#2] I returned to live in Oliver, where I had lived before. I've always lived in the downtown core or the immediate adjacent communities (mainly Rossdale and Oliver).
    #3] The city councillors (notably excepting Mike Nickel) appear to be uniformly arguing for increased LRT expansion without appearing to care how it affects vehicular traffic patterns.
    #4] I attended three separate "engagement" meetings. At one of them, I asked an individual representing the city how they planned to accommodate vehicle users in Oliver (projected to increase our population by over 15,000 in the next three decades) with about 10,000 new cars originating in this neighbourhood along with a lane reduction on SPR each way--with a tramway running down the middle of the street. The woman behind the table giggled and answered something like "oh, that is a little funny, isn't it?"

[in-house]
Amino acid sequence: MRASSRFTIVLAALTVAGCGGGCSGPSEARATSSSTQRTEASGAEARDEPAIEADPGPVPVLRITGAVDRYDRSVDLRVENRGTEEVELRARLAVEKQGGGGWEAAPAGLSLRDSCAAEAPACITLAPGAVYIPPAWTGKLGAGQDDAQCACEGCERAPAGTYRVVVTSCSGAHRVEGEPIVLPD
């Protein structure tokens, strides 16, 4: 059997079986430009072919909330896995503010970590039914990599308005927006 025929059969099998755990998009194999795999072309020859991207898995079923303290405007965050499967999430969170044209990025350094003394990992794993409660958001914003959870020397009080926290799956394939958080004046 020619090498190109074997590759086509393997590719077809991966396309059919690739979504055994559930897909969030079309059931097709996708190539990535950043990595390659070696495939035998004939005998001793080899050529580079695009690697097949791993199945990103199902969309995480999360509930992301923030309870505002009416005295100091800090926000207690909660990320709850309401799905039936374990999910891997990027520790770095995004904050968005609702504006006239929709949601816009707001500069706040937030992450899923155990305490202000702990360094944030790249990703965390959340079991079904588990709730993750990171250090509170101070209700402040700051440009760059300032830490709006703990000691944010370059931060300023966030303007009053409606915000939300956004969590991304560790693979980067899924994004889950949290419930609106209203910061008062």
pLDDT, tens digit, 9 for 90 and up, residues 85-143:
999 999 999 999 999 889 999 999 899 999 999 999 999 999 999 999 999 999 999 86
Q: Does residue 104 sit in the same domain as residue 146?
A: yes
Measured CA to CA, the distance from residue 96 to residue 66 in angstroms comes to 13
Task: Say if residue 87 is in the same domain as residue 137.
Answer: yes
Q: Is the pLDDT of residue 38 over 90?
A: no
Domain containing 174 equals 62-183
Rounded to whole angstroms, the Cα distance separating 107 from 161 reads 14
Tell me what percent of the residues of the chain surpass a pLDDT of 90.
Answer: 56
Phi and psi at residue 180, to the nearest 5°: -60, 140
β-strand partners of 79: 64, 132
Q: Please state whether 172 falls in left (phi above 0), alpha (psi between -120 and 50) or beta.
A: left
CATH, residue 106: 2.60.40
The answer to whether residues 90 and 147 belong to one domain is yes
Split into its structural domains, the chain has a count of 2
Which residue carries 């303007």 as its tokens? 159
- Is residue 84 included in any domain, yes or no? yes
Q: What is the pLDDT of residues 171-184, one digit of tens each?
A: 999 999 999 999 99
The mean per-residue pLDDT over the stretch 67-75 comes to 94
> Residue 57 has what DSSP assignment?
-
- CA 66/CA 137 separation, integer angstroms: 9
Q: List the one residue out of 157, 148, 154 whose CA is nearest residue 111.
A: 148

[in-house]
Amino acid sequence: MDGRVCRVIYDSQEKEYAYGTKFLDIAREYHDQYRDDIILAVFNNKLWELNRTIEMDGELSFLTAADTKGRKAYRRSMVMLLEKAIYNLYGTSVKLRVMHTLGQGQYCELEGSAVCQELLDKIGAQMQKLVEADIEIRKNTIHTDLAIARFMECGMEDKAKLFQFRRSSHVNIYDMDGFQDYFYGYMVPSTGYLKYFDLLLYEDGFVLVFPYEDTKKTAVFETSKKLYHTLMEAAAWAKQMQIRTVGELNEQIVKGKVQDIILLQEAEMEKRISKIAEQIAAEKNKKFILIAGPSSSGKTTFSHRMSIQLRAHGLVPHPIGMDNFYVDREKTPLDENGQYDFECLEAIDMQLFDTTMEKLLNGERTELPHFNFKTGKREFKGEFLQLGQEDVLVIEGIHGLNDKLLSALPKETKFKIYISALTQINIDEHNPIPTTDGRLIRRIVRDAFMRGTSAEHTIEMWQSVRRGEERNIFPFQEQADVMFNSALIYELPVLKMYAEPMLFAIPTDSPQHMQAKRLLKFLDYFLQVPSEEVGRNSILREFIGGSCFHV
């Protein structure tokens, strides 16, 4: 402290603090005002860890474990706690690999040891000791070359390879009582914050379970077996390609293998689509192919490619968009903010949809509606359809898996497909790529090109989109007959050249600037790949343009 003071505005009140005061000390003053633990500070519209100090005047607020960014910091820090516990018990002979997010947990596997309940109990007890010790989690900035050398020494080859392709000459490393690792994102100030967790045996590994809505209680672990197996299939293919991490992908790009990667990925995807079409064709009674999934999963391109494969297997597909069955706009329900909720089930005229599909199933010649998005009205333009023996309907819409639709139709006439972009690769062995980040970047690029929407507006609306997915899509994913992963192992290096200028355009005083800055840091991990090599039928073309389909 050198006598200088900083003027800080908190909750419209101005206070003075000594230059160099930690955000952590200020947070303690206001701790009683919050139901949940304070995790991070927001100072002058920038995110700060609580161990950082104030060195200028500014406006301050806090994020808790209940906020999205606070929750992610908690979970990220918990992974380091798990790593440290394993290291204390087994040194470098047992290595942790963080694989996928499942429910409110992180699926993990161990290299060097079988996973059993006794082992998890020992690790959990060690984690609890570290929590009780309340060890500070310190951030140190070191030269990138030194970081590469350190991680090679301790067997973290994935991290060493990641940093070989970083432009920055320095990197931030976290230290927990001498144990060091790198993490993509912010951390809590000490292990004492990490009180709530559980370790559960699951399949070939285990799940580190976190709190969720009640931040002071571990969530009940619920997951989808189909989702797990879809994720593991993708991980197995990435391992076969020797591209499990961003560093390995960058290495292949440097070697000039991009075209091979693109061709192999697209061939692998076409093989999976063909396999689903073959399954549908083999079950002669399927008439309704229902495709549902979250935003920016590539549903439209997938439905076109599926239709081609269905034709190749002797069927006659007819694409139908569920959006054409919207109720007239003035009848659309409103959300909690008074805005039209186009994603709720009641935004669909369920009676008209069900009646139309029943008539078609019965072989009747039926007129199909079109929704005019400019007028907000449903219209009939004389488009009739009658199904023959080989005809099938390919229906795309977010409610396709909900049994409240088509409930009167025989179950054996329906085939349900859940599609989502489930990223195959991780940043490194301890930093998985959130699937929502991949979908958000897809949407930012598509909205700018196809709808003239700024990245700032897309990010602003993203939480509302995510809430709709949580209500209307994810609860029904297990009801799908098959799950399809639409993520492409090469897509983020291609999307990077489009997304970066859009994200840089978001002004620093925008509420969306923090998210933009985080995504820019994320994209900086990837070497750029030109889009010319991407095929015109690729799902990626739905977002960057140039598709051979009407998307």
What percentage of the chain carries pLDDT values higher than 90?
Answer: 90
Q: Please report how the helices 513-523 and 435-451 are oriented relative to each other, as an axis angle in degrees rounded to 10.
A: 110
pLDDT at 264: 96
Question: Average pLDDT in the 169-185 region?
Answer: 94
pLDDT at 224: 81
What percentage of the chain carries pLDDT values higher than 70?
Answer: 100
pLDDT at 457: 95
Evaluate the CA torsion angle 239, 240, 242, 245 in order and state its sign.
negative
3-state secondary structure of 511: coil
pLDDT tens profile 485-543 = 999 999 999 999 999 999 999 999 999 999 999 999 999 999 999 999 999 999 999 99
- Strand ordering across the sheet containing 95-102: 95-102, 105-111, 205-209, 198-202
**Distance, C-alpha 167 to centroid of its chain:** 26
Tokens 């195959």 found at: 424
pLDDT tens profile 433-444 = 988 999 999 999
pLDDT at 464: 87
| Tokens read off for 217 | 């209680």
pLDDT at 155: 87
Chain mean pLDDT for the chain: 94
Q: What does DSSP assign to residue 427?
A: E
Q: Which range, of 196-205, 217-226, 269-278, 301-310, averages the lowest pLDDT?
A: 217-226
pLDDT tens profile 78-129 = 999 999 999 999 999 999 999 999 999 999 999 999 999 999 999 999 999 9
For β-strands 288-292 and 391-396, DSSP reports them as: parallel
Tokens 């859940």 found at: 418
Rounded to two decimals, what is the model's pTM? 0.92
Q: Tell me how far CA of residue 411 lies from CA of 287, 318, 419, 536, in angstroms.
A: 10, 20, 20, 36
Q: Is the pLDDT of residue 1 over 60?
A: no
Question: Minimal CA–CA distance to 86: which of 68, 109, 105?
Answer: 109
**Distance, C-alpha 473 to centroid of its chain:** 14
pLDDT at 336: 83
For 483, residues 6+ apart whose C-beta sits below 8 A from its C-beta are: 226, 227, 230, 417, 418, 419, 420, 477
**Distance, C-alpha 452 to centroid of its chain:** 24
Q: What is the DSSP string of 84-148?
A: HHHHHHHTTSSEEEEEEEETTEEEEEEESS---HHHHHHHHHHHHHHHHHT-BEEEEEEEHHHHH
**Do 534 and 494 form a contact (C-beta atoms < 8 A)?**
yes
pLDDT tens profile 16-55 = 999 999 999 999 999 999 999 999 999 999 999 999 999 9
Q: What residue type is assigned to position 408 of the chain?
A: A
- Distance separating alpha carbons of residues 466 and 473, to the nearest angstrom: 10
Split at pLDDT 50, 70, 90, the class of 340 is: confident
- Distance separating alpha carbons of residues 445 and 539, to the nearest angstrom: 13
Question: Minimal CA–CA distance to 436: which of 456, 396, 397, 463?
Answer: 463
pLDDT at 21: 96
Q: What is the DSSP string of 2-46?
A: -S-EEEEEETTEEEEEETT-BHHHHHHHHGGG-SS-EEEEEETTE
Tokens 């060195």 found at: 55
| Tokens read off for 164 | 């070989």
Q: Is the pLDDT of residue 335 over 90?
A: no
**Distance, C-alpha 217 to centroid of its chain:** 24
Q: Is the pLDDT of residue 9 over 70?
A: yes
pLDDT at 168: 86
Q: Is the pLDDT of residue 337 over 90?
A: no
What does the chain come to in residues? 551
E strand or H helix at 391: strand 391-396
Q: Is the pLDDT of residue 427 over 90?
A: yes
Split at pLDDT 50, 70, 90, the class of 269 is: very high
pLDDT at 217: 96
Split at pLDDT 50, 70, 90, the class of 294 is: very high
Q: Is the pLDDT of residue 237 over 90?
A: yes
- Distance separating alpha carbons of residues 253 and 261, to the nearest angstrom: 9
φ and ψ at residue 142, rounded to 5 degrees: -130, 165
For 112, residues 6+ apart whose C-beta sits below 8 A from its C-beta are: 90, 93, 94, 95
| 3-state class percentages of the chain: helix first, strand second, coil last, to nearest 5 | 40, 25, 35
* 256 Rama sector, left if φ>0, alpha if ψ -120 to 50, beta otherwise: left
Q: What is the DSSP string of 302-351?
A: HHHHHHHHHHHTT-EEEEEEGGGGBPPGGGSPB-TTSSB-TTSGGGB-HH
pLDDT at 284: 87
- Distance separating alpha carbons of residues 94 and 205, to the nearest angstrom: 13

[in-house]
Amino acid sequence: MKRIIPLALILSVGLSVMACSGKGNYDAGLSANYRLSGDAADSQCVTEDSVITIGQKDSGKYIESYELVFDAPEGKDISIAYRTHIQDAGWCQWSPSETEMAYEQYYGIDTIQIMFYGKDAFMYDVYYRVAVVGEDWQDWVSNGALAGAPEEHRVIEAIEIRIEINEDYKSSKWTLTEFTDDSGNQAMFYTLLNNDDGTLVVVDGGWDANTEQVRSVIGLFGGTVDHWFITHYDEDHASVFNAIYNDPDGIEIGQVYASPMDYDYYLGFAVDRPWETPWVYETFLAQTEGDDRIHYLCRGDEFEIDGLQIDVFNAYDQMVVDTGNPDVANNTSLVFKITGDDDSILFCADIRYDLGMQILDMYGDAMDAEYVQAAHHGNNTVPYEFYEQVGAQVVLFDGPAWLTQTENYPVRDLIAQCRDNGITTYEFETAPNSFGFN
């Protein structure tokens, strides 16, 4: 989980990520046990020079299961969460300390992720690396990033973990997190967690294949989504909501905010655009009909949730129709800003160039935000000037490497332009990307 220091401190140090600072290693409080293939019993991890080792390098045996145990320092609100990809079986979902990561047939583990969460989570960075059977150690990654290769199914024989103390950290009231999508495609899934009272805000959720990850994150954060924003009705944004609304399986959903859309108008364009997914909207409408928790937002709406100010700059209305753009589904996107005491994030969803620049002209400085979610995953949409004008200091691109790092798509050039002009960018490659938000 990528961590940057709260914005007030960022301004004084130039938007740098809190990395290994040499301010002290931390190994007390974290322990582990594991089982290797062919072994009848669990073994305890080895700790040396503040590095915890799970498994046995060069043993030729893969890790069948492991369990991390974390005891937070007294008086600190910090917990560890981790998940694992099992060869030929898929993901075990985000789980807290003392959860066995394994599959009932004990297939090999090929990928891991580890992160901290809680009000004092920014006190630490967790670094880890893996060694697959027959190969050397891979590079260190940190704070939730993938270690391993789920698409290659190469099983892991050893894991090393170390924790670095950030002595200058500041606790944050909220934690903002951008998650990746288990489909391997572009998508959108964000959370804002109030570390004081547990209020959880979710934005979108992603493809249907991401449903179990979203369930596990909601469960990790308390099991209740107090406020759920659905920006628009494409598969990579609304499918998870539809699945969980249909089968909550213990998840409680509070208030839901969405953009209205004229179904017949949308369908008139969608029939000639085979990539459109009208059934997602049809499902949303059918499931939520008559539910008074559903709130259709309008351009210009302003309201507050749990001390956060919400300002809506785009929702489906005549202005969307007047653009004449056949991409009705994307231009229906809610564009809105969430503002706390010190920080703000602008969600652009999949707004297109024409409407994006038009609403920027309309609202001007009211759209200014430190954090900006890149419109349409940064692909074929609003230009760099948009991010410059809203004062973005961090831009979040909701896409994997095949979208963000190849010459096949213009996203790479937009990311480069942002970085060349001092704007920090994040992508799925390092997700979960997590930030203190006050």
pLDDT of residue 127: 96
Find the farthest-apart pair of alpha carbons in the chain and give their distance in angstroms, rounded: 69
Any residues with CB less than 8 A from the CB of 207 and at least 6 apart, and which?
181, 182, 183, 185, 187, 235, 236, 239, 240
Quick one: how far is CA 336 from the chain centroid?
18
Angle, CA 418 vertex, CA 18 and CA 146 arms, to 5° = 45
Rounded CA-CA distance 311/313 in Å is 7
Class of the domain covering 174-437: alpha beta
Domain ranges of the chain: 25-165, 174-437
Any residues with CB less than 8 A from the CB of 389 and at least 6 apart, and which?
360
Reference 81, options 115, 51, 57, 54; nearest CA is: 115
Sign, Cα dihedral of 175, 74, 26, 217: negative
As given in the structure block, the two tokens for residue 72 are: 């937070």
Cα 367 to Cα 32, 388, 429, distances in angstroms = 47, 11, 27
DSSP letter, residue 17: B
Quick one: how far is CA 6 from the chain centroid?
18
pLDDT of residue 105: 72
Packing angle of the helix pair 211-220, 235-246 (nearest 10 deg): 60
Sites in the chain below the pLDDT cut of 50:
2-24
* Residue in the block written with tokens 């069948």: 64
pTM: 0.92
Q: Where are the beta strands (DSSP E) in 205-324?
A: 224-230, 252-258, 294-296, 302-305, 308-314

#5] I wrote a note at one of them where people were encouraged to leave a "sticky" suggesting the city not spend one thin dime more on LRT projects until they fixed the Metro Line's signalling issue.
    #6] I am a lifelong pedestrian. One thing about not owning a vehicle is how sympathetic you become towards impatient or angry motorists. You acquire that sympathy because your life is literally in their hands--especially at intersections.

    I hope this answers your lingering concerns about my genuineness.

    Nobody is asking the city to build more freeways. Those built in my absence appear to be working as they should. People are, however, genuinely misinformed and misdirected by city councillors and city employees. They still have the "draft" of the SPR-West extension on the City website as though this is all still very much up for debate. Meanwhile they're moving infrastructure on 104 Avenue as though the plan is already set in stone. That includes the extremely unsafe and frankly ludicrous scheme to have the LRT ploughing down the middle of one of the busiest arteries in the city centre.